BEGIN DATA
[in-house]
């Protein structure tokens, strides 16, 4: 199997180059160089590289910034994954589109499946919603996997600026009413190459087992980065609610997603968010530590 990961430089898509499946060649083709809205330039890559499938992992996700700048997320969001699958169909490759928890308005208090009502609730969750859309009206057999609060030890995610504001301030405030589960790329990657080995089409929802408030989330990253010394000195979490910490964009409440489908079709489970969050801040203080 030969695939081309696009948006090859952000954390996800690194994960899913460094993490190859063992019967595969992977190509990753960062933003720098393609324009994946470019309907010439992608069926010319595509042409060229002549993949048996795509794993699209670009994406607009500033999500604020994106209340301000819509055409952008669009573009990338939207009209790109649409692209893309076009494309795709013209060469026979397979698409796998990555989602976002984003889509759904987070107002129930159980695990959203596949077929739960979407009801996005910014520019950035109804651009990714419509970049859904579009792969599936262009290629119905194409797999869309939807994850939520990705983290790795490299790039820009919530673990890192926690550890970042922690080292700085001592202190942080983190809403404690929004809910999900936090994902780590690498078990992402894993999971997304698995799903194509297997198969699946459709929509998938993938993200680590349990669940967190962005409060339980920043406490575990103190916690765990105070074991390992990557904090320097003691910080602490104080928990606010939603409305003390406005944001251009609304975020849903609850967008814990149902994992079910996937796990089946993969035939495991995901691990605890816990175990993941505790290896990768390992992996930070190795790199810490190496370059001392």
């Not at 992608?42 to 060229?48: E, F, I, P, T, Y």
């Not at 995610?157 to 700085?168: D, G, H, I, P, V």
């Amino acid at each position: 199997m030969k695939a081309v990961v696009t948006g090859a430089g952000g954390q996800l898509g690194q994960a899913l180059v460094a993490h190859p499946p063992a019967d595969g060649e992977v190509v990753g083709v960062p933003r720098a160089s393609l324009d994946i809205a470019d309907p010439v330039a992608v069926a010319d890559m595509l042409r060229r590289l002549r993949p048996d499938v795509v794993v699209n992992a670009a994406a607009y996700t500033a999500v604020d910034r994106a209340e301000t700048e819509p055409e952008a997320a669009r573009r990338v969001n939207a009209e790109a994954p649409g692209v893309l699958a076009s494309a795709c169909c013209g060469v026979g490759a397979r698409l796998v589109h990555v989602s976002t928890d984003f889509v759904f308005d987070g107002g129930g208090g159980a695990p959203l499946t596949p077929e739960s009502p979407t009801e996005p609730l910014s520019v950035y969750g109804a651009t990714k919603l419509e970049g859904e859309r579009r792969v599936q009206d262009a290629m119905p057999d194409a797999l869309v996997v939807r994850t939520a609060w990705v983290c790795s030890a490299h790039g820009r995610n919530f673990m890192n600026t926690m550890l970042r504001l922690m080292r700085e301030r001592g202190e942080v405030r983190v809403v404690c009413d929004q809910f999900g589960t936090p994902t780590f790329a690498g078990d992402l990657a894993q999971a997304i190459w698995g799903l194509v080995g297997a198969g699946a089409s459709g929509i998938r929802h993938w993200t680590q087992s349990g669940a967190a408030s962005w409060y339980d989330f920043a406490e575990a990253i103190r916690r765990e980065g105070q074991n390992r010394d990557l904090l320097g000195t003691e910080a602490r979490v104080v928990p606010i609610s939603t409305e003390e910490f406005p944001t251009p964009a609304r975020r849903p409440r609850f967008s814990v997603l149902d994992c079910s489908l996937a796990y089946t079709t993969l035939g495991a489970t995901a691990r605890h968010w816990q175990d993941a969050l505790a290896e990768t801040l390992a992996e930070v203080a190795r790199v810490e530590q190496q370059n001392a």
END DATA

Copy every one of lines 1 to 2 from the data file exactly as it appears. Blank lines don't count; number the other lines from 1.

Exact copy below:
[in-house]
């Protein structure tokens, strides 16, 4: 199997180059160089590289910034994954589109499946919603996997600026009413190459087992980065609610997603968010530590 990961430089898509499946060649083709809205330039890559499938992992996700700048997320969001699958169909490759928890308005208090009502609730969750859309009206057999609060030890995610504001301030405030589960790329990657080995089409929802408030989330990253010394000195979490910490964009409440489908079709489970969050801040203080 030969695939081309696009948006090859952000954390996800690194994960899913460094993490190859063992019967595969992977190509990753960062933003720098393609324009994946470019309907010439992608069926010319595509042409060229002549993949048996795509794993699209670009994406607009500033999500604020994106209340301000819509055409952008669009573009990338939207009209790109649409692209893309076009494309795709013209060469026979397979698409796998990555989602976002984003889509759904987070107002129930159980695990959203596949077929739960979407009801996005910014520019950035109804651009990714419509970049859904579009792969599936262009290629119905194409797999869309939807994850939520990705983290790795490299790039820009919530673990890192926690550890970042922690080292700085001592202190942080983190809403404690929004809910999900936090994902780590690498078990992402894993999971997304698995799903194509297997198969699946459709929509998938993938993200680590349990669940967190962005409060339980920043406490575990103190916690765990105070074991390992990557904090320097003691910080602490104080928990606010939603409305003390406005944001251009609304975020849903609850967008814990149902994992079910996937796990089946993969035939495991995901691990605890816990175990993941505790290896990768390992992996930070190795790199810490190496370059001392």